The lessons learned in the World Cup ought to make for a better and more fascinating Six Nations. Not that we are often short of excitement, but it is good to see the game advancing both tactically and as a spectacle.
This past World Cup was far more adventurous and exciting than its defence-dominated predecessor and it proved the importance of a more creative approach, as teams such as Samoa and Wales showed when they cut loose. But it wasn't all about carefree abandon. The most glaring example of adapting tactics to suit the situation was Australia's performance against New Zealand. Australia knew that the All Blacks had the edge in speed and ideas, and so they did their utmost to deny them the ball. They cut their kicking down to a minimum, and when they had to kick they made certain the ball went high in the stand. No loose kicks meant no one running the ball back at them. They made possession their priority and came out worthy winners.
It's horses for courses; you would not employ that tactic against England. You need to kick against them in order to turn them and try to pin them in their own 22 for as long as possible.
I would like to see more variation and for teams to introduce more creativity from first phase. The tendency is to build up the phases to suck in defenders and cause overlaps. Nothing wrong with that, but there is often a lot to be gained from putting players in one-on-one situations as quickly as possible.
The problem is that players don't have the confidence to take on opponents. I don't know why. If you are in possession you have the advantage and you have to back yourself to get past the man in front of you. Too many players panic and look for support or try to chip over. That's how opportunities are lost.
In the same way, teams are not adventurous enough from scrums, where many oppportunities for 8-9-15 moves are wasted. If you have a scrum in the middle of the pitch you can wheel it just enough to ensure their back row are moved away from the ball. The No 8 can then pick up and give to the No 9, who feeds the 15. The French execute this wonderfully. If the angles are right, the full-back comes from deep, hits flat ball and is difficult to defend against.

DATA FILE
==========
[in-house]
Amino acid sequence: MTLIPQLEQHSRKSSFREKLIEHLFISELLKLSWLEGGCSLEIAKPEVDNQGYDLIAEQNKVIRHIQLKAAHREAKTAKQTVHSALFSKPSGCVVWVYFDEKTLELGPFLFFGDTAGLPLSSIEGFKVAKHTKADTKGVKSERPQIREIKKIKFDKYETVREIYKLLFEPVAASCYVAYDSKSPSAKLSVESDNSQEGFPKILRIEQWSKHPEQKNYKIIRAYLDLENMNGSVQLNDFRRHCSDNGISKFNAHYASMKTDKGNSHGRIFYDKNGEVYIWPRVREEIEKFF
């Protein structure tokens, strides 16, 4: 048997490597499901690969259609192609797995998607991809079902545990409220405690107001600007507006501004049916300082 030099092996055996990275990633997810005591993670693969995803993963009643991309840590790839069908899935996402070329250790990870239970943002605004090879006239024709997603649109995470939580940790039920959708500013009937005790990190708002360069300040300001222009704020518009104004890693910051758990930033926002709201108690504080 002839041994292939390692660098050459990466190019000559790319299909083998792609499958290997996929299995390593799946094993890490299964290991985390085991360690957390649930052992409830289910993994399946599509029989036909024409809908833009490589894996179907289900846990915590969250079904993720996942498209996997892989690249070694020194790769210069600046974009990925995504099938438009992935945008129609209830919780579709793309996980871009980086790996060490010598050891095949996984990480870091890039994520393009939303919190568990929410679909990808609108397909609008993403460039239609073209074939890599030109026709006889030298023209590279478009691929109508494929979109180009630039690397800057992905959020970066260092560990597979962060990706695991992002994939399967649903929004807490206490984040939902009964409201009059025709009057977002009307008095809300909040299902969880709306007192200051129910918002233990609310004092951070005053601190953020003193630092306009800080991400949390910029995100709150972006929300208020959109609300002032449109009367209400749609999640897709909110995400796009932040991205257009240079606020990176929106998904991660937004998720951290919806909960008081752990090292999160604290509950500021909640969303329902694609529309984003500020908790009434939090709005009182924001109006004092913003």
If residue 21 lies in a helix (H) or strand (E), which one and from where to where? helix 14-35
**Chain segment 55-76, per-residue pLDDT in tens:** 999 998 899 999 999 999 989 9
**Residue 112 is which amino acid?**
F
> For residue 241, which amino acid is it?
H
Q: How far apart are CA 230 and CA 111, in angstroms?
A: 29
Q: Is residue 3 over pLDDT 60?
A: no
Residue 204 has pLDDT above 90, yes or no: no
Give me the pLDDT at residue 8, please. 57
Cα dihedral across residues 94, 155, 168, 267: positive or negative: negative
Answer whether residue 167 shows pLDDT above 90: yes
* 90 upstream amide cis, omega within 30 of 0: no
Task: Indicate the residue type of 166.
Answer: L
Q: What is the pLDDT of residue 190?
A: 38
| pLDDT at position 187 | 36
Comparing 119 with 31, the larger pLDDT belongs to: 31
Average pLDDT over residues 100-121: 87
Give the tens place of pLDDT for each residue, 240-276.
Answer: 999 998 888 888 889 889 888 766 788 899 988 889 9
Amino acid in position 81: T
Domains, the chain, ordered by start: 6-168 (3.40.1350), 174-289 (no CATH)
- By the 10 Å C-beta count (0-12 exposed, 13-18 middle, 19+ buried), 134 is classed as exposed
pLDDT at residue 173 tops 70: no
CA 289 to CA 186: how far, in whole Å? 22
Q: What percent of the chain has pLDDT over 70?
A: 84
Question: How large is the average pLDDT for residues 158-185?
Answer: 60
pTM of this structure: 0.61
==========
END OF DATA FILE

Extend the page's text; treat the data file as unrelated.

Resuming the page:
It is a very simple move and I would love to see it done more, particularly when we have full-backs such as Gareth Thomas, Josh Lewsey and Geordan Murphy around.
The danger is that teams become slaves to phase play and have not the courage to try something different. I hope to see some evidence of a bit of extra thought going into the tactics during the next few weeks.
Quite what tactics we are going to see from England is not easy to predict. The way they played in the final stages of the World Cup was not the way they were playing when they reached Australia. They were superb in the build-up, where they played very controlled rugby, very open and very quick. But then they did not go well against South Africa and even less so against Samoa, after which the expansive game was ditched and they returned to basics. They were very impressive basics, but I would say that they won it while playing to only 75 per cent of their capabilities.
What can we expect of them now? I reckon Sir Clive Woodward will want to open it up more, but the team he picks will determine the style.
It will be good to see new individuals establish themselves. If Henry Paul gets his chance, he could be one of them, as could his Gloucester team-mate James Simpson-Daniel. Yannick Jauzion will surely make his mark as a great French centre, and Shane Williams will confirm the brilliance he showed in Australia if he is given the long-awaited chance to play again in the Six Nations.
Paul O'Connell, the Irish second-row, is the most improved player of the past 12 months and is going to get better and better. He has it all. I also look to Chris Paterson, the new captain of Scotland, to impress. He looks a bit unconventional at outside-half but brings pace and will be a threat with ball in hand.
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